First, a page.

With its brief, global (rather than West-centered) approach, World History in Brief, Seventh Edition, shows how different civilizations developed in a global context.
Rather than overwhelm students with minutia, the primary goal of World History in Brief is to present the big picture by highlighting the major developments in world history. The text emphasizes the global interactions among major civilizations, enabling students to compare and assess changes in the patterns of interaction and the impact of global forces, such as migration and technological exchange. The compact size of this text allows instructors to take advantage of supplementary readings in their courses.
Product dimensions: 7.30 (w) x 9.00 (h) x 0.60 (d)
Meet the Author
Peter N. Stearns is Provost and Professor of History at George Mason University. He has taught previously at Harvard, the University of Chicago, Rutgers, and Carnegie Mellon; he was educated at Harvard University. He has published widely in modern social history, including the history of emotions, and in world history. Representative works in world history include World History: A Survey, The Industrial Revolution in World History, Gender in World History, Consumerism in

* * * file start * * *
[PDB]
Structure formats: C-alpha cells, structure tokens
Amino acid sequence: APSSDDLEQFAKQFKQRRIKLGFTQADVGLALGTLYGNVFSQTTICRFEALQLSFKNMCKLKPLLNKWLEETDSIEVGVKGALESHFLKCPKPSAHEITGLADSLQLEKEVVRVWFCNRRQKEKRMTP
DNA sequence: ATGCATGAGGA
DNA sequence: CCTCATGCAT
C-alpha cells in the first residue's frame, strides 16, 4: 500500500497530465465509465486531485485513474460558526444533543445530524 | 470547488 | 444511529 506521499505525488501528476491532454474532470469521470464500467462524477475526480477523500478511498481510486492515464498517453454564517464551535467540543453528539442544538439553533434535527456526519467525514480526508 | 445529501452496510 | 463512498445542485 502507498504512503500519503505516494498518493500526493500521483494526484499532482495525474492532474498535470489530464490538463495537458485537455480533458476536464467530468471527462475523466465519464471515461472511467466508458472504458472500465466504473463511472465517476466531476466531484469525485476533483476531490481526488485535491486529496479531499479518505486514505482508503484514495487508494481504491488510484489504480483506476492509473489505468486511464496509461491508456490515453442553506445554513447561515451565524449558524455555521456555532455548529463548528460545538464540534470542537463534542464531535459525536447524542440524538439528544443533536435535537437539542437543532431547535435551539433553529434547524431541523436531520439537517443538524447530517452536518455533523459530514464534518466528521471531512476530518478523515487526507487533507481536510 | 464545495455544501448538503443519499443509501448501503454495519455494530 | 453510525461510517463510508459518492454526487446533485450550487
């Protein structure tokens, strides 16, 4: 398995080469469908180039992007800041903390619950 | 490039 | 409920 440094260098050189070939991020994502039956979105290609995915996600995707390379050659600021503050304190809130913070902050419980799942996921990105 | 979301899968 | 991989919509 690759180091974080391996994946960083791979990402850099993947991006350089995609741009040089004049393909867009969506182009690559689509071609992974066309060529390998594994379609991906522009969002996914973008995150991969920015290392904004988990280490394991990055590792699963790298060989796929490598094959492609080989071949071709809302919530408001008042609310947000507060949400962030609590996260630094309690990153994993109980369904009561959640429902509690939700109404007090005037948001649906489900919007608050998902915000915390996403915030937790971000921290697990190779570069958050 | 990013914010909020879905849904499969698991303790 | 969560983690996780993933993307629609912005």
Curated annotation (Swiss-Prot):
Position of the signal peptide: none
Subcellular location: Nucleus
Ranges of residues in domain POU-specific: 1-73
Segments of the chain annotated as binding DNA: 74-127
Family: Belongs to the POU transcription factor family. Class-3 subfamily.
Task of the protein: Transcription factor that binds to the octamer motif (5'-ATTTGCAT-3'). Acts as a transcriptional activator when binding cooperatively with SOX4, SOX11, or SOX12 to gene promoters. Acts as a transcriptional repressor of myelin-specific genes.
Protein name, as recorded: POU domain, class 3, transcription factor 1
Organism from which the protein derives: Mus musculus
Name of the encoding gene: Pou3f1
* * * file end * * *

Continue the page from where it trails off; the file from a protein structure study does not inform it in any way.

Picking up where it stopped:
World History, and Growing Up: The History of Childhood in Global Context. His publications in social history include Old Age in Preindustrial Society, Anxious Parents: A History of Modern American Childrearing, American Cool: Developing the Twentieth-Century Emotional Style, Fat History: Bodies and Beauty in Western Society, American Fear: The Causes and Consequences of High Anxiety, Revolutions in Sorrow: A History of American Experiences and Policies Toward Death in Global Context, From Alienation to Addiction: Modern American Work in Global Historical Perspective, and Educating Global Citizens in Colleges and Universities: Challenges and Opportunities. While under Dr. Stearns’s leadership, George Mason University was awarded the 2006 Andrew Heiskell Award for Innovation in International Education. He has also edited encyclopedias of world and social history, and since 1967 has served as editor-in-chief of The Journal of Social History.
In most of his research and writing, Dr. Stearns pursues three main goals. As a social historian he is eager to explore aspects of the human experience that are not generally thought of in historical terms, and with attention to ordinary people as well as elites. Second, he seeks to use an understanding of historical change and continuity to explore patterns of behavior and social issues. Finally he is concerned with connecting new historical research with wider audiences, including of course classrooms. Dr. Stearns is also eager to promote comparative analysis and the assessment of modern global forces—for their own sake and as they illuminate the American experience and impact.